Rubio: I hate Clinton winning more than missing votes
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Sen. Marco RubioMarco Antonio RubioOvernight Defense: US to send 1K more troops to Mideast amid Iran tensions | Iran threatens to break limit on uranium production in 10 days | US accuses Iran of 'nuclear blackmail' | Details on key defense bill amendments Overnight Defense: US to send 1K more troops to Mideast amid Iran tensions | Iran threatens to break limit on uranium production in 10 days | US accuses Iran of 'nuclear blackmail' | Details on key defense bill amendments Senators revive effort to create McCain human rights commission MORE (R-Fla.) said Thursday that he would rather skip Senate votes than let Democratic presidential front-runner Hillary ClintonHillary Diane Rodham ClintonBroadway play 'Hillary and Clinton' closing early due to low ticket sales Broadway play 'Hillary and Clinton' closing early due to low ticket sales Facing challenge from Warren, Sanders touts strength against Trump MORE win in 2016.

“As far as votes, I don’t like missing votes — I hate it,” he told host Chris Cuomo on CNN’s “New Day.”

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“Here’s what I hate more — that is to wake up on the first Wednesday of November in 2016 to the news that Hillary Clinton has been elected president of the United States,” Rubio said.

Rubio has repeatedly come under fire for missing votes in the Senate since launching his White House run last April.

Rubio argued Thursday that he is present for the moments that matter most to his constituents back home.

“The vast majority of work that happens in any Senate office is direct constituent services,” he said. "And we’re going to continue to provide that service. It’s the thing I’m most proud of.”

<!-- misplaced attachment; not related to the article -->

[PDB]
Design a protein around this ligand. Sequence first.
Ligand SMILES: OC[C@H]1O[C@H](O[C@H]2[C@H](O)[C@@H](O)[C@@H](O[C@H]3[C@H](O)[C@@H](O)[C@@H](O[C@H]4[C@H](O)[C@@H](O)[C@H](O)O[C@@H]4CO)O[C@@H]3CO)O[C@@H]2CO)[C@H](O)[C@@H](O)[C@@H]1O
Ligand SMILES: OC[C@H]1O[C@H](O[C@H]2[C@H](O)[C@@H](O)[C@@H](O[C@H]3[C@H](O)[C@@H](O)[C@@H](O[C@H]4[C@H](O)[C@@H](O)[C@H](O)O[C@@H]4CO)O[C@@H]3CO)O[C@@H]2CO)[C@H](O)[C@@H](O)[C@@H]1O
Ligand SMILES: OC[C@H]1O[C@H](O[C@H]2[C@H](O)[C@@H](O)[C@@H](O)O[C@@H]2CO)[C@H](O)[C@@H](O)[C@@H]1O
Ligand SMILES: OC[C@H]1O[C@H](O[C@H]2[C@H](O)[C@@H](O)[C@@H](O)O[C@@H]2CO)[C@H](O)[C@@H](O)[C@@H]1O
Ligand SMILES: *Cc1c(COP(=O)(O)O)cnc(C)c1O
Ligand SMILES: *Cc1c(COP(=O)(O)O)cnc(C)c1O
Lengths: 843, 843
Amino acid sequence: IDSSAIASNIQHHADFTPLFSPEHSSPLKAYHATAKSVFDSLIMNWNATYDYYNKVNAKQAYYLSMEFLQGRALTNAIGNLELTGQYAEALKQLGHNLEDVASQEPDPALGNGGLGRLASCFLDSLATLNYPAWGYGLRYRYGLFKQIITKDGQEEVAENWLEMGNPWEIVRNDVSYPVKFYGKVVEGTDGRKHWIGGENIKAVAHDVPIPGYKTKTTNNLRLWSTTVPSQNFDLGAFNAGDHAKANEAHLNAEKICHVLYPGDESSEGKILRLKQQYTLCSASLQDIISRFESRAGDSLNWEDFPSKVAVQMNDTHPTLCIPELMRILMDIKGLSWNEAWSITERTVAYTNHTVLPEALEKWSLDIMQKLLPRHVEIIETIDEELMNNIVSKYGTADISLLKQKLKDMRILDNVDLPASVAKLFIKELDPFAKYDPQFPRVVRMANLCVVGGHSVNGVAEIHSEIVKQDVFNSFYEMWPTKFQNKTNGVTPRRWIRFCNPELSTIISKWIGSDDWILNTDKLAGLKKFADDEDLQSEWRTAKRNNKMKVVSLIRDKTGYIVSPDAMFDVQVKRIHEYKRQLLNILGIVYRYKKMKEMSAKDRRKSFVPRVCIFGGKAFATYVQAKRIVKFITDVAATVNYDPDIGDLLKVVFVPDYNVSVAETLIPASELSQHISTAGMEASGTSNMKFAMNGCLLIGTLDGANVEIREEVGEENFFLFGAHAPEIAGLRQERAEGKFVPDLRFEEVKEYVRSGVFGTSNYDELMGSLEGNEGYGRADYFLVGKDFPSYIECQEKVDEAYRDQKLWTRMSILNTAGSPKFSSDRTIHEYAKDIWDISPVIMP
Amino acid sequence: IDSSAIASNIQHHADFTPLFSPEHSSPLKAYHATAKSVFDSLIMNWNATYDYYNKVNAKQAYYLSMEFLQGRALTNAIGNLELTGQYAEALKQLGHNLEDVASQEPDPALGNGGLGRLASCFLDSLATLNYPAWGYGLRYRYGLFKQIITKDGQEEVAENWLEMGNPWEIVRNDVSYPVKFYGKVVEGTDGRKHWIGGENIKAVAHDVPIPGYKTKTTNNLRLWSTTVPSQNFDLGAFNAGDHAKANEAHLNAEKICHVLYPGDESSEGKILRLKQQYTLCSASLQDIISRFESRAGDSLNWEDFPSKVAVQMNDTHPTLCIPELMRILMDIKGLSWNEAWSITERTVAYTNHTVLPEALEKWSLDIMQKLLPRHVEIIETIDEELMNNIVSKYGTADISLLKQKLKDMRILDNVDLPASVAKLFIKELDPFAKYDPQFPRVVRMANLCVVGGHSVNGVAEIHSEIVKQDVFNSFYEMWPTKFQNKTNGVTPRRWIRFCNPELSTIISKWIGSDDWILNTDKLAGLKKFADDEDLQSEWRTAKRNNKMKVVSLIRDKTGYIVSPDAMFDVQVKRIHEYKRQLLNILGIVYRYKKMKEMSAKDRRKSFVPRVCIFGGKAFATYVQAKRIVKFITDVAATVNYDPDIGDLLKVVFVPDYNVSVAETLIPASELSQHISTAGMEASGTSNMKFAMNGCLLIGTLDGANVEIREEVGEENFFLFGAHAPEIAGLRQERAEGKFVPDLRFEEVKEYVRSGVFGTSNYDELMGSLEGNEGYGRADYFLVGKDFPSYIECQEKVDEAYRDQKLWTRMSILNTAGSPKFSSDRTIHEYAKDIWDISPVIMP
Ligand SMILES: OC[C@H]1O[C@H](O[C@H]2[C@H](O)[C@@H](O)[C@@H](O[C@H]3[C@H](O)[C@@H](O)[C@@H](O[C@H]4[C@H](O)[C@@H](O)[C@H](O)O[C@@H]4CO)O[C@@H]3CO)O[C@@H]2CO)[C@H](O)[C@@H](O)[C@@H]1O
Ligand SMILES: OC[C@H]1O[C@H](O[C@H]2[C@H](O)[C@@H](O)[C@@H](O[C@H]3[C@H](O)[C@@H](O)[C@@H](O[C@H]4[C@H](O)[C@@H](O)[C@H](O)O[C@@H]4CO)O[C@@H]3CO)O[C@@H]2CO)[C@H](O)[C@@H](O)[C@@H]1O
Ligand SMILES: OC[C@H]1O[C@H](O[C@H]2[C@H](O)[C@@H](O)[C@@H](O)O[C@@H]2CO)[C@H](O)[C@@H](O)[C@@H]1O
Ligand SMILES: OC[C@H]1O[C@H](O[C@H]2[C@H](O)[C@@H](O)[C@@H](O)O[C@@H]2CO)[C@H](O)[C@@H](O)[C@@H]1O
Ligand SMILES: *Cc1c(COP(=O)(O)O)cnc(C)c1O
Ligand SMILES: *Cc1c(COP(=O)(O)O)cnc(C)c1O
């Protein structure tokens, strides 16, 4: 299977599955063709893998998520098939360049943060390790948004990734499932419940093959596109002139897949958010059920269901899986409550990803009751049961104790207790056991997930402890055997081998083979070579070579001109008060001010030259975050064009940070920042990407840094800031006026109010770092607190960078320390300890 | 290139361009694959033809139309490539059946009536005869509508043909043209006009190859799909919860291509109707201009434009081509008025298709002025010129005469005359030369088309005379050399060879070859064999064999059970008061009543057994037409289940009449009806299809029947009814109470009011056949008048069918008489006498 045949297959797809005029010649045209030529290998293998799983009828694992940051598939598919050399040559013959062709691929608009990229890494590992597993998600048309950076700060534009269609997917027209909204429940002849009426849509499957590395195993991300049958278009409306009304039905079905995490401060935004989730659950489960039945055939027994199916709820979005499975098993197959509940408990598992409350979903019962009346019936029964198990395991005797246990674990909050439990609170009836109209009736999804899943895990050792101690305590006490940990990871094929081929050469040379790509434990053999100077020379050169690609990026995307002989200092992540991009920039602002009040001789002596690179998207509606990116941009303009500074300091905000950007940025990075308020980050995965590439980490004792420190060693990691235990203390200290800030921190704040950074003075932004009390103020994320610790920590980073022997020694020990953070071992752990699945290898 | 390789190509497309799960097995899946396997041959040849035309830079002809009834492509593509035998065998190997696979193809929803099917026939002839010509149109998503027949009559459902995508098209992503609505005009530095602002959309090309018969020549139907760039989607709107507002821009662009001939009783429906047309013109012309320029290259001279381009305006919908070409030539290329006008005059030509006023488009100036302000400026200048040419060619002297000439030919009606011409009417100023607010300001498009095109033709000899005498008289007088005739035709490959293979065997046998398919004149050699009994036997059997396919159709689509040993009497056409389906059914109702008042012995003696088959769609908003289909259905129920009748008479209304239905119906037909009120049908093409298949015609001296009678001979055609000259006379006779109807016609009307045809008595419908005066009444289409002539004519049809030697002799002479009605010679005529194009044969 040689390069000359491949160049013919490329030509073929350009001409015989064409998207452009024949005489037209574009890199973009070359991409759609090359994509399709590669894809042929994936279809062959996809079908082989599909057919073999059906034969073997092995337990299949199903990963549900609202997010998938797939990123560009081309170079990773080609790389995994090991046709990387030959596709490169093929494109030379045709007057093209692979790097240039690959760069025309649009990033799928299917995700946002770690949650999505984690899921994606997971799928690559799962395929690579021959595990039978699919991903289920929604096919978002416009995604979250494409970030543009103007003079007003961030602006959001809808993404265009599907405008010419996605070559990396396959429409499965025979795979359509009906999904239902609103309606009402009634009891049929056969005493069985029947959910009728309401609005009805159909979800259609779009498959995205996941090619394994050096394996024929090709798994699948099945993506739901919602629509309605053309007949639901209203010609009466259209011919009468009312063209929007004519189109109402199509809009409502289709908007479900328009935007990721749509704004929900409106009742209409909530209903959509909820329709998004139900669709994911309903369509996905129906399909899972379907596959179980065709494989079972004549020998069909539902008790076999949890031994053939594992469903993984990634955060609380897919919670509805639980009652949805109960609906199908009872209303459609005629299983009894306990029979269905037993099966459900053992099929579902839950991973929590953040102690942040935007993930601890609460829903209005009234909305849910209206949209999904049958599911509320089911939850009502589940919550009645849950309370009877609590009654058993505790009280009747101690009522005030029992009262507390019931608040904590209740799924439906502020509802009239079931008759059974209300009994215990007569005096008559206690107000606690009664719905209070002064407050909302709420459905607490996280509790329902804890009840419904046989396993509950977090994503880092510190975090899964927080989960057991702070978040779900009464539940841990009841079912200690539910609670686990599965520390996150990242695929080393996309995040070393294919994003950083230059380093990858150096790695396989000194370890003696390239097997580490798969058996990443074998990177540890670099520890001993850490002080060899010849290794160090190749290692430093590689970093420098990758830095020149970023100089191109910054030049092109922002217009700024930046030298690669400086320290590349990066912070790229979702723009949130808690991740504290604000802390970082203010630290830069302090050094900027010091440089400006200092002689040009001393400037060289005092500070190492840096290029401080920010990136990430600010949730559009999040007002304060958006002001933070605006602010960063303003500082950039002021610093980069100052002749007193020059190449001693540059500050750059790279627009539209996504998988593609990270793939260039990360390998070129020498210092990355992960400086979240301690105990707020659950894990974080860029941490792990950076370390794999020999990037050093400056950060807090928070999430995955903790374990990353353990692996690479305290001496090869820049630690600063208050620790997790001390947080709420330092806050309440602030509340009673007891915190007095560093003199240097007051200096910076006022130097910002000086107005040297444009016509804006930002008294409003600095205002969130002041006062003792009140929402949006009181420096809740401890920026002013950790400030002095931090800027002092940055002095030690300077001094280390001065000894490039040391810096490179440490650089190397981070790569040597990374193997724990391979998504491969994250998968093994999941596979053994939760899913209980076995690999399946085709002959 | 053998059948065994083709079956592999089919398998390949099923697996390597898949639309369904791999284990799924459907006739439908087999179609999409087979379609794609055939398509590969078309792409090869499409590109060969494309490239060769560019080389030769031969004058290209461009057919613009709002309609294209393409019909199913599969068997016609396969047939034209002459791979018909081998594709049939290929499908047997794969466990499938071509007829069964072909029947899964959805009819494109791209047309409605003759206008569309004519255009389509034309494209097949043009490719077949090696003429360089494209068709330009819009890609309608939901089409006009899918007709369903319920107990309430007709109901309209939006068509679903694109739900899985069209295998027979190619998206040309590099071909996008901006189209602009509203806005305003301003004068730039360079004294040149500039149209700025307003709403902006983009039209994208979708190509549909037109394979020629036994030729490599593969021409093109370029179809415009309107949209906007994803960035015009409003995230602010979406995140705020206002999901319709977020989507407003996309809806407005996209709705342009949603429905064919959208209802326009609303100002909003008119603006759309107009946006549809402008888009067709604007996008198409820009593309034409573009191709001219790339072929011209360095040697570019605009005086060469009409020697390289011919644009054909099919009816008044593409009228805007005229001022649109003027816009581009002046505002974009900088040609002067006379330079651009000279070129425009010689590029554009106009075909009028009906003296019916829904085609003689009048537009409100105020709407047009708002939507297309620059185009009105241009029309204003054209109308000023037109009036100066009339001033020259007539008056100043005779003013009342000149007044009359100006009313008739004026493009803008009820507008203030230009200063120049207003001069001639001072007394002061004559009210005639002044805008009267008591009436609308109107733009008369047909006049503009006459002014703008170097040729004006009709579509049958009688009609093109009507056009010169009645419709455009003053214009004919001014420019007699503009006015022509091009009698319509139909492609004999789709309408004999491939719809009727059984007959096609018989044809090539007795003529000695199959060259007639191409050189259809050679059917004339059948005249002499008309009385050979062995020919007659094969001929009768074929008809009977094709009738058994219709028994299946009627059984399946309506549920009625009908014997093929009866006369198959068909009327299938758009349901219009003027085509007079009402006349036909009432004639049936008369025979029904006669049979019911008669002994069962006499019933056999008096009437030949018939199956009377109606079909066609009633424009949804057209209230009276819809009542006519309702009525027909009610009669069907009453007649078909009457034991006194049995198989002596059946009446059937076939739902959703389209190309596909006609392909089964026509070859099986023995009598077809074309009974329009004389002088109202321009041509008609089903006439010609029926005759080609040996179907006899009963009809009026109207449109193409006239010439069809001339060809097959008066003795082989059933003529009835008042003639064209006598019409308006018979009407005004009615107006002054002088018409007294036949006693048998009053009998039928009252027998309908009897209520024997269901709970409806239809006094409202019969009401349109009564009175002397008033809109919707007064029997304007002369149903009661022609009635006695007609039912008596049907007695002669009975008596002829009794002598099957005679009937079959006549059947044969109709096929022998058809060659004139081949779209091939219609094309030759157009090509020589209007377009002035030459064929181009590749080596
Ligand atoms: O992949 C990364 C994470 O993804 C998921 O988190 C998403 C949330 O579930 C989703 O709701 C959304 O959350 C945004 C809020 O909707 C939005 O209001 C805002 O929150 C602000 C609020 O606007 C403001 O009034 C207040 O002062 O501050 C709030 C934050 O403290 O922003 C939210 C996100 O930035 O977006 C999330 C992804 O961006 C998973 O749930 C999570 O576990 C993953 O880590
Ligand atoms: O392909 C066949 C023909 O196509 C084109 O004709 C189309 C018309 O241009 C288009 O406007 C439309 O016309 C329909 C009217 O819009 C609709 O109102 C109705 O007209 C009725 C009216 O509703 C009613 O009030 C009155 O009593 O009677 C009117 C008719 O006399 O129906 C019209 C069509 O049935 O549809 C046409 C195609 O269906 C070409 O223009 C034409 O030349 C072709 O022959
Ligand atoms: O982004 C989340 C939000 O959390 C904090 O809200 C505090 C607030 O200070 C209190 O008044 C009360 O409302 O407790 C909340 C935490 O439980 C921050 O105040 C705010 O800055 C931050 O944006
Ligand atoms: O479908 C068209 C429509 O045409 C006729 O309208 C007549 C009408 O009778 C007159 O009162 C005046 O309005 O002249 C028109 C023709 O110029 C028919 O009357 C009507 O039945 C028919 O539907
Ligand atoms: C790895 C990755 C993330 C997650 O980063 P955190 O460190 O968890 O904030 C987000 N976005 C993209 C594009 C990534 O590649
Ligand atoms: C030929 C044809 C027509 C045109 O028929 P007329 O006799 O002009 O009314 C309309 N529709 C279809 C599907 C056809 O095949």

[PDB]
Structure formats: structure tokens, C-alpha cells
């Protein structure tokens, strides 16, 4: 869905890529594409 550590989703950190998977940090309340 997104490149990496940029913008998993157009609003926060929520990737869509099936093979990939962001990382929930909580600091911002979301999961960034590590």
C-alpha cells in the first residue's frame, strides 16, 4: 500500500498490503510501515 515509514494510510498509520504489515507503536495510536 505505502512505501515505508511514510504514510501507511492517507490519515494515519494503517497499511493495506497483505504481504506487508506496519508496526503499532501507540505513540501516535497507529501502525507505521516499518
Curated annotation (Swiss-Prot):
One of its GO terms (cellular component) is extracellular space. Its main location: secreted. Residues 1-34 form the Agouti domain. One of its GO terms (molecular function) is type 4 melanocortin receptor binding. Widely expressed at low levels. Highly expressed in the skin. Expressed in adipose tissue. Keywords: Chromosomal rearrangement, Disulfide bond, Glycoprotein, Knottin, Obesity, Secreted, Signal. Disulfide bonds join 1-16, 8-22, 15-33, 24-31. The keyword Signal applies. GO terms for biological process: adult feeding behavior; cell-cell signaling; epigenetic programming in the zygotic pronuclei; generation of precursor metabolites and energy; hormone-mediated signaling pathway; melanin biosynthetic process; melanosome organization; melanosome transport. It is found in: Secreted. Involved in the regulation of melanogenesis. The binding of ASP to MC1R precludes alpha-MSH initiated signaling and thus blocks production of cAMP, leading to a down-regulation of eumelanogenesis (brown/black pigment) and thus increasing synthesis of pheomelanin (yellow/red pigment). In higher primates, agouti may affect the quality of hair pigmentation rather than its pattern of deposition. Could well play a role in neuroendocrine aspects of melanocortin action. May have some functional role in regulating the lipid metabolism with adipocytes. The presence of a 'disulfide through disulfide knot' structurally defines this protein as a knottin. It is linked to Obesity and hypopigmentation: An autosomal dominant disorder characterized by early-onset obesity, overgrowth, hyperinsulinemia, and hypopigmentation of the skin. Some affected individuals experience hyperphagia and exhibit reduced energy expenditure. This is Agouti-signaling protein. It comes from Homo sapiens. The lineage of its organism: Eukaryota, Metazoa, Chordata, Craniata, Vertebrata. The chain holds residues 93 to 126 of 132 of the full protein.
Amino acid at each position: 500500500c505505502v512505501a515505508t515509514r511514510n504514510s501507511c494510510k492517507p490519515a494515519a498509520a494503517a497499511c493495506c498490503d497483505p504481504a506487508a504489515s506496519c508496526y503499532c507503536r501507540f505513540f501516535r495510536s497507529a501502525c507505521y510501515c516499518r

“We do our best effort to make it — we’ve cancelled campaign events, especially for important votes, and we will definitely be there for any vote in which our vote would be decisive on making a difference on the outcome,” Rubio added.

Rubio’s remarks follow his appearance in the GOP’s third presidential debate airing from Boulder, Colo., Wednesday night.

Former Gov. Jeb Bush (R-Fla.), who once mentored Rubio early in his political career, criticized the senator for shirking his responsibilities in Congress.

“Marco, when you signed up for this, this was a six-year term,” Bush said. "I mean, literally the Senate, what is it — a French work week where you have three days to show up?”

“You can campaign, or just resign and let someone else take the job,” he added.

Rubio retorted that Bush had never questioned Sen. John McCainJohn Sidney McCainOvernight Defense: US to send 1K more troops to Mideast amid Iran tensions | Iran threatens to break limit on uranium production in 10 days | US accuses Iran of 'nuclear blackmail' | Details on key defense bill amendments Overnight Defense: US to send 1K more troops to Mideast amid Iran tensions | Iran threatens to break limit on uranium production in 10 days | US accuses Iran of 'nuclear blackmail' | Details on key defense bill amendments Senators revive effort to create McCain human rights commission MORE (R-Ariz.) over his Senate voting record during the 2008 presidential campaign.

“I don’t remember you ever complaining about his voting record. The only reason you’re doing it is because we’re running for the same position and you’re convinced that attacking me is going to help you,” he said.

The Sun-Sentinel, a south Florida paper that covers Rubio’s home town of Miami and endorsed his Senate campaign in 2010, published an editorial calling for his resignation late Tuesday.

“Your job is to represent Floridians in the Senate,” it said. "Either do your job, Sen. Rubio, or resign it.”

Rubio said the article showed evidence of “the media’s bias” given it did not criticize then-Sen. Barack ObamaBarack Hussein ObamaProgressive activist: Democratic nominee will 'need to ride a little bit to the center' Progressive activist: Democratic nominee will 'need to ride a little bit to the center' Juan Williams: Trump's incredible shrinking GOP MORE (D-Ill.) during his 2008 presidential election campaign.

The Florida lawmaker has missed 12.3 percent of his roll call votes between January 2011 and this month, according to an average from GovTrack.